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Is It Worth It? Conducting a Program Cost Study to Determine Return on Investment

Leadership Abstracts

December 2011, Volume 24, Number 12

by Lori Alexander

Comprehending what a program costs is important to everyone from faculty and program directors to senior administrators. With increasing enrollments, understanding the costs associated with offering additional sections of courses is critical to planning. And, with decreasing budgets, knowing the cost of a program helps prioritize resources during tough economic times and helps make the case for additional funding from external sources in support of high-demand/high-cost programs. Central Piedmont Community College (CPCC) in Charlotte, North Carolina, recently updated and expanded a Program Cost Study prepared in 2007-2008 to help determine which academic programs needed to be subsidized, revitalized, consolidated, or retired.

Conducting a Program Cost Study. Collecting the right financial and enrollment reporting data is critical to answering the question, “What does this program cost?” To do a cost study, institutional researchers must have access to financial data that can be broken out by individual budget codes for the academic program areas. Also needed are the enrollment reports used to determine FTE for the institution, and these numbers must also be available by budget code for academic programs. Within each type of institution and each state, there is a different formula for determining FTE, but all of them must be translated into credit-hour allotments. Once a per-credit-hour allotment is established, the entire cost of the program can be determined.

Applying a Business Approach to the Study. With a business approach to the study, researchers organized the work into two overarching tasks.

Task 1. Using the two-year trend analysis data for enrollment (FTEs) and the corresponding program costs, programs were plotted into one of four categories in a variation of the Boston Consulting Group’s Growth Share Matrix. A healthy portfolio is fairly balanced.

Task 2. We then determined which objective to assign to each program or cluster of programs and what support it needed. In making these determinations, we used the following alternatives:

  • Subsidize. The objective is to seek industry support and funding to help underwrite costs.
  • Revitalize. The objective is to identify and invest resources selectively.
  • Consolidate. The objective is to reduce costs by creating efficiencies.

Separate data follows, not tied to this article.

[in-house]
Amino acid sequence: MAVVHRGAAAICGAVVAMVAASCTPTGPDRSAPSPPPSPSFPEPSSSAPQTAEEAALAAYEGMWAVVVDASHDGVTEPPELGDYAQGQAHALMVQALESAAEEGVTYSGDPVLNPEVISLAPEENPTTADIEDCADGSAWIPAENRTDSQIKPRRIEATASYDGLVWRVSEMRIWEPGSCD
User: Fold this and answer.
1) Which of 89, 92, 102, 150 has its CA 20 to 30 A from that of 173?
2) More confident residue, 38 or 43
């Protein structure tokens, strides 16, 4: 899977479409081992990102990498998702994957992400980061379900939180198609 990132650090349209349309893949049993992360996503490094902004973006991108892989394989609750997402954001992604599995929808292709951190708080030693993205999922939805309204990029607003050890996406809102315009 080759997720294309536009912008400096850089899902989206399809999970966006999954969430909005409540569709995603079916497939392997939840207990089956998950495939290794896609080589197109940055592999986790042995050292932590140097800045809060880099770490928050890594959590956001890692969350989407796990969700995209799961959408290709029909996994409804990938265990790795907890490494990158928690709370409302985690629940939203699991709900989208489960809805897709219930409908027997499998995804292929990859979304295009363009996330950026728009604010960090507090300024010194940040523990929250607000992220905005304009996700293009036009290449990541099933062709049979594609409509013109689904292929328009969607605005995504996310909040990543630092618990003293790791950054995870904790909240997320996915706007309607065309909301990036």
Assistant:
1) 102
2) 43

• Divest. The objective is to divert resources where they can be better used elsewhere.

Outcomes of the Study. Sixty-eight percent of the programs generated a positive return on investment in FY09-10. And, 74 percent of the programs grew in FTE from 2008-09 to 2009-10. Based on the two-year FTE and Program Cost Comparison Data, the programs were mapped accordingly into one of the following four categories:

  1. High-demand/Low-cost Programs (42, or 49%)
  2. High-demand/High-cost Programs (21, or 25%)
  3. Low-demand/Low-cost Programs (16, or 19%)
  4. Low-demand/High-cost Programs (6, or 7%)

Results of the Study. Recognizing that many of the programs that fell into the High-growth/High-cost category were health-care career programs and strongly aligned with occupations that are in demand, they were assigned an objective of “subsidize” and the academic administration adopted a strategy of seeking industry support and funding to help underwrite these high-cost programs. A fund-raising campaign spearheaded by the CPCC Foundation was targeted toward the two major hospital systems in the Charlotte region, resulting in more than $500,000 in cash gifts and pledges, plus equipment and supplies.

Due to high program costs and inefficiencies in the statewide Information Technology (IT) curriculum, CPCC created a new degree, Computer Technology Integration (CTI), in collaboration with Stanly Community College. With a flexible curriculum, the program can be customized to meet the needs of the local IT Industry. Four courses that make up the core and cover the IT competencies defined by the Department of Education’s IT Career Clusters. A fifth course is chosen from one of five different subject areas. After completing the core classes and the required general education courses, the student chooses a specialty focus area. For CPCC, this single degree will eventually replace five of the current IT degrees.

Uses of the Study. The program cost data in this return-on-investment study provides findings that can be used by the academic administration for a number of purposes:

  • Compare costs across disciplines.
  • Understand the impact of offering additional sections of specific courses.
  • Manage enrollment growth.
  • Prioritize allocated budget resources.
  • Make the case for additional money from external sources.
  • Help evaluate the performance of programs, including incorporating the study into the Program Review process.
  • Determine what objective to assign each program or cluster of programs and what support will be needed.

Variables Among Institutions. Conducting a program cost study is influenced somewhat by the variables at play within each institution, but it essentially requires that any college compare costs going out—salaries, benefits, supplies, and equipment—with dollars coming in—tuition, fees, and FTE reimbursement. For more information about conducting a Program Cost Analysis/ROI Study at your institution, contact Lori Alexander or Terri Manning

Lori Alexander is Assistant to the Vice President, Learning Unit, at Central Piedmont Community College in Charlotte, North Carolina.

Opinions expressed in Learning Abstracts are those of the author(s) and do not necessarily reflect those of the League for Innovation in the Community College.

Posted by The League for Innovation in the Community College on 12/15/2011 at 12:04 PM | Categories: Leadership Abstracts -